Higher education has lost about $1.7 billion in funding in 2012-13 in Texas, according to a plan drafted by the state’s Legislative Budget Board. The $21.1 billion budgeted for higher education represents a 7.6 percent drop from the $22.7 billion budgeted in 2010-11. For some universities, that means cutting down programs, laying off faculty, and increasing tuition.

“They raise prices for everything and think everyone is going to pay for it,” saidUniversity of North Texas sophomore Emily Schreiber said. “ It doesn’t make sense.”

SMU and other universities are also seeing reduced federal and state contributions to scholarships and grants, such as the Federal Pell Grant and the TEXAS grant. SMU’s total state and federal funding for the 2014-2015 financial aid totals about $9 million.

To achieve our vision in the context of these challenges, it is critical that we affirm to ourselves and our supporters that we have a financial structure and operating model that applies a greater share of University funds toward our strategic goals,” Turner wrote in his email.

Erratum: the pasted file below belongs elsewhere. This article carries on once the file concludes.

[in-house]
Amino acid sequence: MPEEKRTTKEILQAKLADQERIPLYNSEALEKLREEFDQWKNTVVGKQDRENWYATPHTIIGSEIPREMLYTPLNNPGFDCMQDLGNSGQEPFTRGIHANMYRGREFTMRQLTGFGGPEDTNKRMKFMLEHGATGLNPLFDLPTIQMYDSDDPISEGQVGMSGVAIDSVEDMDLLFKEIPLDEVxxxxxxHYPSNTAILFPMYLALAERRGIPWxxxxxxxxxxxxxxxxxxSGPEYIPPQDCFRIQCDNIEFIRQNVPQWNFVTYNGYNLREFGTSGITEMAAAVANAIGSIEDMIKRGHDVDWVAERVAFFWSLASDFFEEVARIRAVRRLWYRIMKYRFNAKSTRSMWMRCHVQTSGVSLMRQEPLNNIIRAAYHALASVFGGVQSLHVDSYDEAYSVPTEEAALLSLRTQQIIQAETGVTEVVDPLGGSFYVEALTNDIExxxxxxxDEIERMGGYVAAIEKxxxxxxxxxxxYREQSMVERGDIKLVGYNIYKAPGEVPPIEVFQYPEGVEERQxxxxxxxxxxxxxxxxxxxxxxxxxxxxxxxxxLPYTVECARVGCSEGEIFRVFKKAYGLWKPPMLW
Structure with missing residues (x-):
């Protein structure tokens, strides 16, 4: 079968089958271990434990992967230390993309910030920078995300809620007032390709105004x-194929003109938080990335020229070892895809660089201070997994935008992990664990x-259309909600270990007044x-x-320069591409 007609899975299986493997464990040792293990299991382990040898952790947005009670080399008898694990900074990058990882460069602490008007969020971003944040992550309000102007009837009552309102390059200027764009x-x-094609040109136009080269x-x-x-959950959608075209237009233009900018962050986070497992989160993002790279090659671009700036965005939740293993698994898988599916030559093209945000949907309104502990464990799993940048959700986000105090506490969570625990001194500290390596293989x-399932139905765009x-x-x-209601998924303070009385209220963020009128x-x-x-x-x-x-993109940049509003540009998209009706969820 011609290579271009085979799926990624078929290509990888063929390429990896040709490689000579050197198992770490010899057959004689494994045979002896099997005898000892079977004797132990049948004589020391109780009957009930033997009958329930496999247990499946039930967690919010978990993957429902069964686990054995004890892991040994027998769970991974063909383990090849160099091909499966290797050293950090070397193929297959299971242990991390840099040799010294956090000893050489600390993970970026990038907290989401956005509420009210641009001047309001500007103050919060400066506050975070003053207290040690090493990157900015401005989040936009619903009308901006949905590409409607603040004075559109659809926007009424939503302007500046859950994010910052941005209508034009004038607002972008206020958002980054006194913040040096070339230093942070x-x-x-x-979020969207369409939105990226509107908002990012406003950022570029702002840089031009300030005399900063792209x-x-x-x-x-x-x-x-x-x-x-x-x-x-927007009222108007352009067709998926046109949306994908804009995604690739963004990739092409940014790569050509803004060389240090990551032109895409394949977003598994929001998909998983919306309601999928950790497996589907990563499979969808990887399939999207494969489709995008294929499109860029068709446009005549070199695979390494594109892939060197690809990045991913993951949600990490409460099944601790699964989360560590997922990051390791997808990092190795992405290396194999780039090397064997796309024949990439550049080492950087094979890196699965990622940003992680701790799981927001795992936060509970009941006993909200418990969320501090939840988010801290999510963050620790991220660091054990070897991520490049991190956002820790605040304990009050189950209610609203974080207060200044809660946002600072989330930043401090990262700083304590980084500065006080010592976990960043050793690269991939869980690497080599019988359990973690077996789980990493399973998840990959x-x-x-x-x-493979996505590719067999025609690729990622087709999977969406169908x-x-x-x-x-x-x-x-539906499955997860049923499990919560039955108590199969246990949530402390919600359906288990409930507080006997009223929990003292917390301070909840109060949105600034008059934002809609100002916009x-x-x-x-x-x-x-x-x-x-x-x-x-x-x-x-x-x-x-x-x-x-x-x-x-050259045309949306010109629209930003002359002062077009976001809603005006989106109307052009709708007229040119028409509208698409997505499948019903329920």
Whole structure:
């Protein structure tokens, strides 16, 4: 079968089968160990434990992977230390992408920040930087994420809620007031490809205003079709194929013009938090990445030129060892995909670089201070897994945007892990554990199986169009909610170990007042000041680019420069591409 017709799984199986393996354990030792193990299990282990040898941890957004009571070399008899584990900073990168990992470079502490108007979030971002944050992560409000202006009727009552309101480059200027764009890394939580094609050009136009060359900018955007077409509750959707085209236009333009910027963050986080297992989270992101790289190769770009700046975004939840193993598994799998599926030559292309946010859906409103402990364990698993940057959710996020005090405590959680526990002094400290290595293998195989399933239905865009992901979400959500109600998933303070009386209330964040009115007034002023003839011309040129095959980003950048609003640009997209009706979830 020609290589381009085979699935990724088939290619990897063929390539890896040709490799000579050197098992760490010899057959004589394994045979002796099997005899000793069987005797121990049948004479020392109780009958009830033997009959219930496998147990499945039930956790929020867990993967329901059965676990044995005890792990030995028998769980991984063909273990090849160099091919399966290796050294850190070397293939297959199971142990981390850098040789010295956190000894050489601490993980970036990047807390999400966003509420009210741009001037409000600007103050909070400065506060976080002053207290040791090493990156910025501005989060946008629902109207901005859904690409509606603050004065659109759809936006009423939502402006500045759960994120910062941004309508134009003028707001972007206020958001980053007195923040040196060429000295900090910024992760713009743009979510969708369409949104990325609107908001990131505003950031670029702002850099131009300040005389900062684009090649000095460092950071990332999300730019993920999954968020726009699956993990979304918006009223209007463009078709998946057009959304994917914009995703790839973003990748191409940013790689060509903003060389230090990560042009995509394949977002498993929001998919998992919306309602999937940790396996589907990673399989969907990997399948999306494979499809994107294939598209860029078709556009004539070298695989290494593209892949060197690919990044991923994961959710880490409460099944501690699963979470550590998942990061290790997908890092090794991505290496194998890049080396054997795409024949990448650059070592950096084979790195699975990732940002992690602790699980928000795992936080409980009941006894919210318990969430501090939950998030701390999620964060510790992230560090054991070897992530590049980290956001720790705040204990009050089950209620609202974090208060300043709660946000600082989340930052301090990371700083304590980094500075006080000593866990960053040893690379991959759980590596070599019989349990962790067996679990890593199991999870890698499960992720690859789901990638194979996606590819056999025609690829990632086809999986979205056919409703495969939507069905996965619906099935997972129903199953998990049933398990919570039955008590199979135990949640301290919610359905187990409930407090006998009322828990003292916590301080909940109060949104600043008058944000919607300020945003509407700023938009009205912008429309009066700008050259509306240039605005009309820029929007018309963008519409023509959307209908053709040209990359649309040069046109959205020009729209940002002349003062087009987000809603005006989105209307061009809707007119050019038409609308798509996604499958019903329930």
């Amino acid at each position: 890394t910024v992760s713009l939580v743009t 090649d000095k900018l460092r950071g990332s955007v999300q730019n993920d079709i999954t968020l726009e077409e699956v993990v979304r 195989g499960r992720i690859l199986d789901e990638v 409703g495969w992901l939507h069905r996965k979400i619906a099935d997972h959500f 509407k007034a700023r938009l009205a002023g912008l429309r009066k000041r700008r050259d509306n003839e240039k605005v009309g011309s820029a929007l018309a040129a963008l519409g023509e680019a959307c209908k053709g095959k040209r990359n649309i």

In order to avoid the increased costs of higher education, some students are turning to online education programs, which can offer a degree for a fraction of the cost of a four-year university. According to Changing Course: Tracking 10 Years of Online Education, a study by Pearson, Babson Research Group and Sloan-C, the number of students taking at least one online course increased by over 570,000 to a new total of 6.7 million.

“Most important thing you’re going to see is diversity,” Bowen said. “Online is going to increase. It allows people to delay their education.”

Yet, the majority of institutions, 55.4 percent, report they are still undecided about Massive Open Online Courses, while 32.7 percent say they have no plans for a MOOC.

“At a school like SMU, I don’t think you’re going see to many online course offerings for the undergraduate or the three-year law students,” Cox School of Business Dean Albert Niemi said.

Jehadu Abshiro is a junior double majoring in creative advertising and journalism.